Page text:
Why Do I Make It Sound So Easy?

I lie. I do.

When writing about starting a new business or taking on a new career or making some other important change, I make the challenge seem smaller than it is likely to be. I also tend to exaggerate the likelihood of success.

I’ve often said, for example, that virtually anyone that is capable of writing a letter, even one riddled with grammatical errors, can learn to become a copywriter http://www.awaionline.com and earn six figures a year. In saying that, I point out examples – dozens of examples – of people I know that have done just that.

Reading such essays, you might think that learning how to write sales letters is as simple as learning how to bake a cake or maybe ride a bicycle.

It’s not that easy. And yet I don’t say that. I don’t want to talk about the grind and the grit and the disappointments. I want to talk only about the good stuff. So I lie. On purpose.

And I feel justified in doing so. No, not justified. I feel I’m doing exactly the right thing.

Let me explain…

You’ve always wanted to have your own business. Then one day you walk into a coffee shop. The lines are short but the coffee is weak. And it’s not even hot. You get an idea – that you could create a better coffee shop. Better in a dozen ways. And it would be easy. So easy… So you begin.

You’ve always wanted to write a novel. But it doesn’t happen. Years go by. Then you read an interview with a famous novelist who says that he writes just 500 words a day. “I can do that,” you think. “It would be so easy…” So you begin.

Beginnings are usually glimmering notions of the pleasure of completion coupled with nearly total blindness to the process of getting it done. This is especially true of the first step. First steps are rarely taken without ridiculously optimistic views of how long it will take, how much it will cost, and how hard you will have to work.

Here’s the skeleton of a conversation I’ve had more than a hundred times in my career:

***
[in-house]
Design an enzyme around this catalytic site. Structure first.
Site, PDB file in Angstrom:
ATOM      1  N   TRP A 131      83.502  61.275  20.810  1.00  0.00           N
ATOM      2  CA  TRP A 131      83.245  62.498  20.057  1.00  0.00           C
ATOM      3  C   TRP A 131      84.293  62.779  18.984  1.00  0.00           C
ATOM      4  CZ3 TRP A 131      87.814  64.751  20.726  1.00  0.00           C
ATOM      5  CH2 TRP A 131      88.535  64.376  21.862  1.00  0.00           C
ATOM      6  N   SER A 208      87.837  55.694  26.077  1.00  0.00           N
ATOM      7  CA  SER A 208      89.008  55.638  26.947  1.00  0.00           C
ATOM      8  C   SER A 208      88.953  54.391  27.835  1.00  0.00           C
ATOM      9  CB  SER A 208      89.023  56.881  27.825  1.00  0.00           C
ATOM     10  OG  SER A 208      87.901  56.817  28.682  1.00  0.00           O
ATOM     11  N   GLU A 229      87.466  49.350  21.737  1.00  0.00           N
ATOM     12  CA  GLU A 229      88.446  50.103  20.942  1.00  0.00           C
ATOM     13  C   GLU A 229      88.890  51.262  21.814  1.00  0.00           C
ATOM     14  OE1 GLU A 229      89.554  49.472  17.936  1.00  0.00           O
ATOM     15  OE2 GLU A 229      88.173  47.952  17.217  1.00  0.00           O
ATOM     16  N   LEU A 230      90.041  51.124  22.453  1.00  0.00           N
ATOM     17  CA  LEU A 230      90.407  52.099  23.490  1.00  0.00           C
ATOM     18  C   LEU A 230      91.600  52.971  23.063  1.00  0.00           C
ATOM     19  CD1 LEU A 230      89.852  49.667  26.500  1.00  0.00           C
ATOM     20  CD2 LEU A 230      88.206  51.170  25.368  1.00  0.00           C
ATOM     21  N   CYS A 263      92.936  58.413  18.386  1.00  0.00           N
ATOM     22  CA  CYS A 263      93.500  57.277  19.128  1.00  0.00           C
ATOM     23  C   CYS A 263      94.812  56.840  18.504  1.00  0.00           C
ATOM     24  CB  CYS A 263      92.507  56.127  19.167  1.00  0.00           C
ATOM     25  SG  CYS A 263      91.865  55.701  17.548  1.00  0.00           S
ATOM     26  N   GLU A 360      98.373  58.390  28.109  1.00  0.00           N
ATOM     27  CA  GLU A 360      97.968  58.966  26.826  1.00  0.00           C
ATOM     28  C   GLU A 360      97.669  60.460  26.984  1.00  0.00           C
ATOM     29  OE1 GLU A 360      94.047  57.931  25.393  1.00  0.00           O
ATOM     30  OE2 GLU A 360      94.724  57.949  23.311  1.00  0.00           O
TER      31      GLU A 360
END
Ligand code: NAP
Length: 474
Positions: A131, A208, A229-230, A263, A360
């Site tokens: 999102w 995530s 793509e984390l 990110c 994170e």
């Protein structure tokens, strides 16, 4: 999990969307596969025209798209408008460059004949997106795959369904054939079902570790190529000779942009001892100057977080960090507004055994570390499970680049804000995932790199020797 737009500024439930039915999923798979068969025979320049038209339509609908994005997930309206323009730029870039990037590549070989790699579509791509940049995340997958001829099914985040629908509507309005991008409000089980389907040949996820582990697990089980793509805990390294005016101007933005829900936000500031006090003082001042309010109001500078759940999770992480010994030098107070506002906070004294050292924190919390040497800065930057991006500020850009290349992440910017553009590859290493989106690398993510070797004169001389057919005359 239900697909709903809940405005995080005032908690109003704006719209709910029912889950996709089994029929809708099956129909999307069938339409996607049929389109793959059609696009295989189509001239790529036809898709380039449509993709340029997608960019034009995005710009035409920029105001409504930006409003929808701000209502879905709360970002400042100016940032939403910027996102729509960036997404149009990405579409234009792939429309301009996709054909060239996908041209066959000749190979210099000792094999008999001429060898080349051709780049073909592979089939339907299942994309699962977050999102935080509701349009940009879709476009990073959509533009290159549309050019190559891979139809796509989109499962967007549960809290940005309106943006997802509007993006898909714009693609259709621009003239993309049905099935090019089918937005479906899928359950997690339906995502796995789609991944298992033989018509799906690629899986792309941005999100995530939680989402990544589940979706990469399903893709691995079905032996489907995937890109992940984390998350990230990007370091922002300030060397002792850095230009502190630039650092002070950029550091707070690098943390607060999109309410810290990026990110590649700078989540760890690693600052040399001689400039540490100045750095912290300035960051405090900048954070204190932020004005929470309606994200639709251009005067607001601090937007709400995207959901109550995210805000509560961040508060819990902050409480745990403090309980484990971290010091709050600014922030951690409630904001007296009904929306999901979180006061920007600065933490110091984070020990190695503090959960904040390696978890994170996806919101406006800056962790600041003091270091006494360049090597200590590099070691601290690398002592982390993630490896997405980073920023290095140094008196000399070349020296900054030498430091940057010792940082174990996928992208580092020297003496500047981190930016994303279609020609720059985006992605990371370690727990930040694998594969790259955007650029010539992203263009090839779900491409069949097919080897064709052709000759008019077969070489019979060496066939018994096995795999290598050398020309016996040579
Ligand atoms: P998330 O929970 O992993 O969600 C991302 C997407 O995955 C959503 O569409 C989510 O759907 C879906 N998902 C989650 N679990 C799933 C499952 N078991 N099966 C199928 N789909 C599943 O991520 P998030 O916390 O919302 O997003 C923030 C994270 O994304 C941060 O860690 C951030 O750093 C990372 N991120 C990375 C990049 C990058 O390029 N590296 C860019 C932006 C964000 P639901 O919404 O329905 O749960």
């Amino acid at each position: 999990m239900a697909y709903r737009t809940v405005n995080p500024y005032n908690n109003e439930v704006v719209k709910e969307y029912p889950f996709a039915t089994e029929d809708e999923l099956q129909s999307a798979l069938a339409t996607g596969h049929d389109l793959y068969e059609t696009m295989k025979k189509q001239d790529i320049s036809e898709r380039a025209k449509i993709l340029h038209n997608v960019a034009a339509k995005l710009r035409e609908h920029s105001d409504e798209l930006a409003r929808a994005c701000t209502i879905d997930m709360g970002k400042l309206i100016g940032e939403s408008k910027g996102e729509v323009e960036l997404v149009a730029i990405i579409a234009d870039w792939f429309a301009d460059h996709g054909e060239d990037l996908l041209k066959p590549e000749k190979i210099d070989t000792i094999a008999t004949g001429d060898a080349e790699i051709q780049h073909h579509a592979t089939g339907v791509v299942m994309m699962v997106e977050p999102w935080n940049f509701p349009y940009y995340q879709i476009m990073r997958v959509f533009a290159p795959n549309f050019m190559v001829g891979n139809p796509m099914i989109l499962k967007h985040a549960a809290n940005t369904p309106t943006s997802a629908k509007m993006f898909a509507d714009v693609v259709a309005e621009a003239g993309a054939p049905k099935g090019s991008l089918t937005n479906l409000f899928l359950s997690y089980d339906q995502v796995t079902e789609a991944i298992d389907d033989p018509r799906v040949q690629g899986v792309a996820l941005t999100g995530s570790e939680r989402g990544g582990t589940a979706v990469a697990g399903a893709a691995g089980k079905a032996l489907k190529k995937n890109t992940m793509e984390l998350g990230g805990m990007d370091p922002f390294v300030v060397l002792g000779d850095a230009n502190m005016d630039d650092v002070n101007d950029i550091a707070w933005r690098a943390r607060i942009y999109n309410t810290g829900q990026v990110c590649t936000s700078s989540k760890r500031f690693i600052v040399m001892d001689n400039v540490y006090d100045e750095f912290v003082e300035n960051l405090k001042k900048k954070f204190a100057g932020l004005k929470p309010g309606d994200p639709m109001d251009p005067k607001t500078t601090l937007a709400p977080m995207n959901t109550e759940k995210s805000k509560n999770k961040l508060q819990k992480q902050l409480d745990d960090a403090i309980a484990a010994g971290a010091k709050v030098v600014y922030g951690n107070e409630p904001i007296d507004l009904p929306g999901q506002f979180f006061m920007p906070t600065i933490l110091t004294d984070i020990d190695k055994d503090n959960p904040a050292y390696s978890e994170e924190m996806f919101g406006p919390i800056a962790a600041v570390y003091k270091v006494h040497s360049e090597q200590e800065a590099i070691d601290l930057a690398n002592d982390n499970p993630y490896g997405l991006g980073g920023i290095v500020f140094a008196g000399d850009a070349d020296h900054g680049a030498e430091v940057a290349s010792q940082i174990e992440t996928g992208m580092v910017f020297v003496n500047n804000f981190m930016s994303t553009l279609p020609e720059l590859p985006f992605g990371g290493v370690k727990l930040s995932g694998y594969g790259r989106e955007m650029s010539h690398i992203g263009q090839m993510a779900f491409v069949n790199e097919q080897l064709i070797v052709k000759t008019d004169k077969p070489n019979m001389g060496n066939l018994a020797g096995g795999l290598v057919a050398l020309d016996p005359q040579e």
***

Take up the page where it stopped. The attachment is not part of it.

“What a great success we’ve had. Did you ever imagine we’d come so far?”

“I did. Or at least I imagined it. What I didn’t imagine was how difficult it would be.”

“Me too. What problems we’ve overcome.”

“And setbacks.”

“Those were the worse. Yet we persevered.”

Do you think we’d have begun if we knew then how tough it would be?”

“No way!”


The Physics of Success

The first law of physics – the law of inertia – states that an object at rest tends to remain at rest unless some amount of force is applied. The amount of energy needed to get it moving depends on how big and dense it is. The bigger and denser the object, the more energy it takes.

This works very well as a metaphor for what it takes to achieve major life goals.

We think of our life goals as dreams. And we tend to think of dreams as light and airy. Many of them – the happy dreams that drift into your head impulsively – are light and airy. Dreams like, “We should live here, in Paris.”

But when the dream is ambitious. When it is a goal that can vastly improve your life or the lives of others… what you have is not light and airy but big and dense. And since it is big and dense, it takes a huge amount of effort to take the first step.

That’s why most people never achieve their most important life goals. It’s not that the goal is not achievable. It’s not that they don’t have what it takes to achieve it. It’s that they are so intimidated by the bigness of the idea that they can’t drum up the energy to get it moving.

And that’s why I lie. (A little.) I know that telling the full truth has no productive value. It will only dampen ambition and blunt opportunity. My purpose, after all, is to create movement by obliterating inertia. Since I cannot provide my readers with more energy than they already have, I can at least reduce the hold of inertia by making goal seem smaller and, thus, easier to set in motion.

Physicists will tell you that once an object is in motion, continued movement is much easier. And ironically, the bigger the object, the more forward force it has and the less energy it needs to keep going.

So to turn your dream into reality, you don’t begin by making a list of every possible obstacle and problem you are likely to encounter. You deal with those things after the project is in motion. (And if you have ever taken one of my courses – on anything from starting a business to learning a financially valuable skill to becoming CEO of the company you work for now – you know that’s when I show you how to handle the hard stuff. Because that’s when you need it.)

The big problem is and always will be inertia. And there are only two ways of overcoming inertia. You can supply more energy or you can make the challenge smaller.

In persuading people to go after their dreams, the only sensible strategy is to reduce, by omission, the problems and pitfalls and exaggerate the ease, the speed, and the reward.